Project 3: Ohio (Eric Bettinger–Stanford University, Bridget Long–Harvard)
In this study, the research team will examine the college enrollment, persistence, and educational and employment outcomes of Ohio students by using state administrative data matched with employment records. The sample will include all the students who have ever enrolled in Ohio's colleges. The research team will also make comparisons across the relative value of different sectors (e.g., technical colleges, community colleges, universities) in retraining workers. The research aims to identify whether traditional 2-year colleges and technical 2-year colleges have been successful in helping workers overcome job loss and shifting skill demands through retraining programs.
Project 4: Virginia (Shanna Jaggars–Community College Research Center [CCRC])
This is a 4-year study using Virginia data to relate educational pathways to the industry and occupation of employment, patterns of employment, earnings, and occupational outcomes. The research team will also carry out two additional analyses. First, the research team will examine the relationship between scores on the state's Career Readiness Certificate exam and employment outcomes (employment and earnings). Second, they will compare students who start in community colleges with those who start in 4-year colleges and will contrast the labor market outcomes for students who transfer from community college to 4-year schools to “native" students, i.e., students who initially enroll in 4-year colleges.
Project 5: Florida (Lou Jacobson–CNA)
This 5-year analysis of Florida data will extend previous analyses of the employment and earnings outcomes for various community college degrees and certificates. The researchers will include non-traditional students (in particular older, economically disadvantaged adults and dislocated workers) to evaluate barriers created by poverty and unemployment into account. In addition, the research team will analyze the effect of the use of One-Stop Career Centers.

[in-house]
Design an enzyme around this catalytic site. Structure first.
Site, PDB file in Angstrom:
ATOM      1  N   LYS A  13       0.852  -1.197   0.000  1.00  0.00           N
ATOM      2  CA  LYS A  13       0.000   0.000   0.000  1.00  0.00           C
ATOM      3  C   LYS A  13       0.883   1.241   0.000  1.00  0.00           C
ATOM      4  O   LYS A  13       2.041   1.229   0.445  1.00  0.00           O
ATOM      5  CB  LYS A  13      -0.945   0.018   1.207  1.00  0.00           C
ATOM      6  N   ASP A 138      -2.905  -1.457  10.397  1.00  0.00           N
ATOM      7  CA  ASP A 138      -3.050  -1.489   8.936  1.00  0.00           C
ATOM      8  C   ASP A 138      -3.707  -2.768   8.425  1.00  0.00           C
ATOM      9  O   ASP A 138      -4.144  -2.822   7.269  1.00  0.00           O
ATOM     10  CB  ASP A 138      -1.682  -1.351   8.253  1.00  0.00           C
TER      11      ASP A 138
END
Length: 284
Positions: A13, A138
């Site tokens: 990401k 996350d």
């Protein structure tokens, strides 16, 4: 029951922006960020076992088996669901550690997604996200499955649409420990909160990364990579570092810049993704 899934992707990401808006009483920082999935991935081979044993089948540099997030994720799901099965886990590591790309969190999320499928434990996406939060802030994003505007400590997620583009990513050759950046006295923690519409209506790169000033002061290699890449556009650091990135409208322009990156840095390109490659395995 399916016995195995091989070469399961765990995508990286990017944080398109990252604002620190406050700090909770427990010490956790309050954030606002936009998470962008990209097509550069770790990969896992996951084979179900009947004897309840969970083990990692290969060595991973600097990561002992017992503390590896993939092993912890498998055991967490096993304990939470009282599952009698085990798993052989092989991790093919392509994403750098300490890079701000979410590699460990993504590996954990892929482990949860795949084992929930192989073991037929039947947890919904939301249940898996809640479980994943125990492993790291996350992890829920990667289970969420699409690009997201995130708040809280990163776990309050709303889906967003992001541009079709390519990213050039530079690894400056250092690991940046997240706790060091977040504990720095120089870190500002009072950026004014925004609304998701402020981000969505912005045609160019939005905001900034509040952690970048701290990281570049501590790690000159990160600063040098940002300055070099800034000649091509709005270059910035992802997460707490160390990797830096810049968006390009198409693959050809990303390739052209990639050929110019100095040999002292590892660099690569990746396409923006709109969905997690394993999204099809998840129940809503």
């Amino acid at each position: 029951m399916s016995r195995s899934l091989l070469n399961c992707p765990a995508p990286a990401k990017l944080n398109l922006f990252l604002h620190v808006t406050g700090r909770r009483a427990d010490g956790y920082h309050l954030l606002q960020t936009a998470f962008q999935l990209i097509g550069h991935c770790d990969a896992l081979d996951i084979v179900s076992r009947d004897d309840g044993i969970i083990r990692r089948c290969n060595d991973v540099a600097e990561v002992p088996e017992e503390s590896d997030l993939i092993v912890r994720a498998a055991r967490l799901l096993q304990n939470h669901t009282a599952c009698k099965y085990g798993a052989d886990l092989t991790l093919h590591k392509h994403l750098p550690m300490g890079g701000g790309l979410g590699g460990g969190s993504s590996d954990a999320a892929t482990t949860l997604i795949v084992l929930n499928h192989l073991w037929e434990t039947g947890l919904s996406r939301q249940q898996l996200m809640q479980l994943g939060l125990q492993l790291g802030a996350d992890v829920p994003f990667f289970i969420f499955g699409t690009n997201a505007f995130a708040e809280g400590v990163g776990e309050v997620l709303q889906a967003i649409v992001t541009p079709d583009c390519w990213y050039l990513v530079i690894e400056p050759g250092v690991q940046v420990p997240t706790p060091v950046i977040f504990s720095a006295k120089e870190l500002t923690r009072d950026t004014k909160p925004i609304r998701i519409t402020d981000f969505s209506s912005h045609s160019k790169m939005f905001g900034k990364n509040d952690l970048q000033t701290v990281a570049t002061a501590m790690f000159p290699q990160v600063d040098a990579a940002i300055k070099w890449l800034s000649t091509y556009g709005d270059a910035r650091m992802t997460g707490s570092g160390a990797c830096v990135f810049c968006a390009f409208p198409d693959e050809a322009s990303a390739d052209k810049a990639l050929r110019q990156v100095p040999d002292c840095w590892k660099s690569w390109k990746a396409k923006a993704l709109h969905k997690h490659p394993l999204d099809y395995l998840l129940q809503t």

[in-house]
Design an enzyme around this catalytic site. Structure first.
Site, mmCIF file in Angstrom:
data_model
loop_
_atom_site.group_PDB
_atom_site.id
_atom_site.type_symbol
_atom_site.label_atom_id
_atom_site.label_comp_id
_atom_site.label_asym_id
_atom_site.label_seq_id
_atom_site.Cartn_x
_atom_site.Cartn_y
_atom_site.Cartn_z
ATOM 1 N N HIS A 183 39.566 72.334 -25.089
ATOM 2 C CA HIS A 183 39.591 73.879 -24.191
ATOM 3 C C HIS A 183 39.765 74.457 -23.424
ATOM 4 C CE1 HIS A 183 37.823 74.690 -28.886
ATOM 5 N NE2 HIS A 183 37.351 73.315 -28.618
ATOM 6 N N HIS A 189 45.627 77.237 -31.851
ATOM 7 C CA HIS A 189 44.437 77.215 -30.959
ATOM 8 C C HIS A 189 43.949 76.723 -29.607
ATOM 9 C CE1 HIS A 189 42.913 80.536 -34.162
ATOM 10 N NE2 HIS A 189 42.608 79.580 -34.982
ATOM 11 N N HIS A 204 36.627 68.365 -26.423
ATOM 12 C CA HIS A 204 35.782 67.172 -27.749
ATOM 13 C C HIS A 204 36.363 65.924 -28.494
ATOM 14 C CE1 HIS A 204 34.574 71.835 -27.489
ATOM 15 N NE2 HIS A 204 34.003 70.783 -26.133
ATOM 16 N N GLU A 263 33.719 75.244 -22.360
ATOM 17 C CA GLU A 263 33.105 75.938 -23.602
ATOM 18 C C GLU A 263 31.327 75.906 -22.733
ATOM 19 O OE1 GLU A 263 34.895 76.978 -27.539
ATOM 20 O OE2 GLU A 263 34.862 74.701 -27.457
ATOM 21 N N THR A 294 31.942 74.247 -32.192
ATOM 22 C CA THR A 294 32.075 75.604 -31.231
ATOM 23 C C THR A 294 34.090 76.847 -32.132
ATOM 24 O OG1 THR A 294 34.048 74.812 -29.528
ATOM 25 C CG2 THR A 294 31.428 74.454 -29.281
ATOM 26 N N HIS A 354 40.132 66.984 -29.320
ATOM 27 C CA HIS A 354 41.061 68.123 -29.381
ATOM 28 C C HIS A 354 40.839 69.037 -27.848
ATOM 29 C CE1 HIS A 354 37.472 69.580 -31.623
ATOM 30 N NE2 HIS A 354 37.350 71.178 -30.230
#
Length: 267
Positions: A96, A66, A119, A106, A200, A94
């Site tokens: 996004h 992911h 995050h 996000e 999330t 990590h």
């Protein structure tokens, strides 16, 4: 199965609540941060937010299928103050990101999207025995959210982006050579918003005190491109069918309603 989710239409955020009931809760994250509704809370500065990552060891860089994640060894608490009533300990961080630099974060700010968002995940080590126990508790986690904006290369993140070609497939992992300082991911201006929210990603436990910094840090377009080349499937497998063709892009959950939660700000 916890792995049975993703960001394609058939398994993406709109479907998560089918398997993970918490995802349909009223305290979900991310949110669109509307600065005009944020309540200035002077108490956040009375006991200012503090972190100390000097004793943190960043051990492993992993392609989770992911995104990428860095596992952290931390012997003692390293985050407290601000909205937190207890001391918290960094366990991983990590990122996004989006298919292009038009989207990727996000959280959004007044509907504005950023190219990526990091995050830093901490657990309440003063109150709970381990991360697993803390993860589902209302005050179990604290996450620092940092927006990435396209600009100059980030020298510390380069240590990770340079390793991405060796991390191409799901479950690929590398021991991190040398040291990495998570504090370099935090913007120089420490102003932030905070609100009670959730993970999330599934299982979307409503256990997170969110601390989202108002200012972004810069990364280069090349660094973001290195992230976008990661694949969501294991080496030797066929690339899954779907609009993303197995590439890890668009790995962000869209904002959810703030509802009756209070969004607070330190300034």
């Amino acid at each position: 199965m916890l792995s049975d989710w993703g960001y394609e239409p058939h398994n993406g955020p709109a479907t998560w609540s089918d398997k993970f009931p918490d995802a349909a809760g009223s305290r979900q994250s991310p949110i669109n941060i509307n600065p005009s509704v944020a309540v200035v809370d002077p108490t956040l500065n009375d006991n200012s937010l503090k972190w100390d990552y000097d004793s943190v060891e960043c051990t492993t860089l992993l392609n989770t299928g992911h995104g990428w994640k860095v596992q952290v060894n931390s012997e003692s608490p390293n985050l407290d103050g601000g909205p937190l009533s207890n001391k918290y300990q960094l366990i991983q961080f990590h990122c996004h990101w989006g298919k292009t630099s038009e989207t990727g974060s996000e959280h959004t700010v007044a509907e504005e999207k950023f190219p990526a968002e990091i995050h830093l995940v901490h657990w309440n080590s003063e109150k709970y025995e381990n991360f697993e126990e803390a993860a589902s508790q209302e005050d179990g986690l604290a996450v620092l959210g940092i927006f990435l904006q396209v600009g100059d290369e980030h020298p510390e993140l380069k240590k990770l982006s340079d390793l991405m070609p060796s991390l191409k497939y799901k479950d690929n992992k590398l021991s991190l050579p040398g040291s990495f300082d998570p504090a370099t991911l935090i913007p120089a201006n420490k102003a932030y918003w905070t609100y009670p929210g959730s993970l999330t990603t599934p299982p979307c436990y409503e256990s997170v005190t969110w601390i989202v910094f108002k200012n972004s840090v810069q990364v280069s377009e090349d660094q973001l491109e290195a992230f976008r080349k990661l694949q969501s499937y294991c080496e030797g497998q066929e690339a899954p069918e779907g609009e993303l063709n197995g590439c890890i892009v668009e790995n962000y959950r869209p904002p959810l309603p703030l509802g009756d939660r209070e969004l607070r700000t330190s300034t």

Project 6: The Role of the For-Profit Sector in Higher Education (David Deming–Carnegie Mellon University, Claudia Goldin–Harvard University, Lawrence Katz–Harvard University)
This 5-year analysis of national and state datasets will analyze the relative size and importance of the for-profit sector and compare education and labor market outcomes (employment, earnings, pattern of unemployment, and industry and occupation of employment) for those attending for-profit institutions versus similar students attending public institutions. The project will pay particular attention to a comparison of the characteristics of students in the for-profit and public sectors to determine whether there are systematic race/ethnic and socioeconomic status differences between the two groups.
Project 7: Returns to Inter-State Mobility (Judith Scott-Clayton–CCRC)
This project involves linking postsecondary data from Florida to national administrative employment data from the Longitudinal Employer-Household Dynamics database. First, the researchers will examine the link between specific educational pathways and cross-state mobility. Second, because they can track students across state lines, they will examine national returns to schooling and track students over a longer time period than would be feasible with single-state data. Third, by establishing the link between specific educational pathways and cross-state mobility, they will be able to estimate the direction and magnitude of bias that results when researchers must rely on single-state databases.
Project 8: Federal Work Study (Judith Scott-Clayton–CCRC)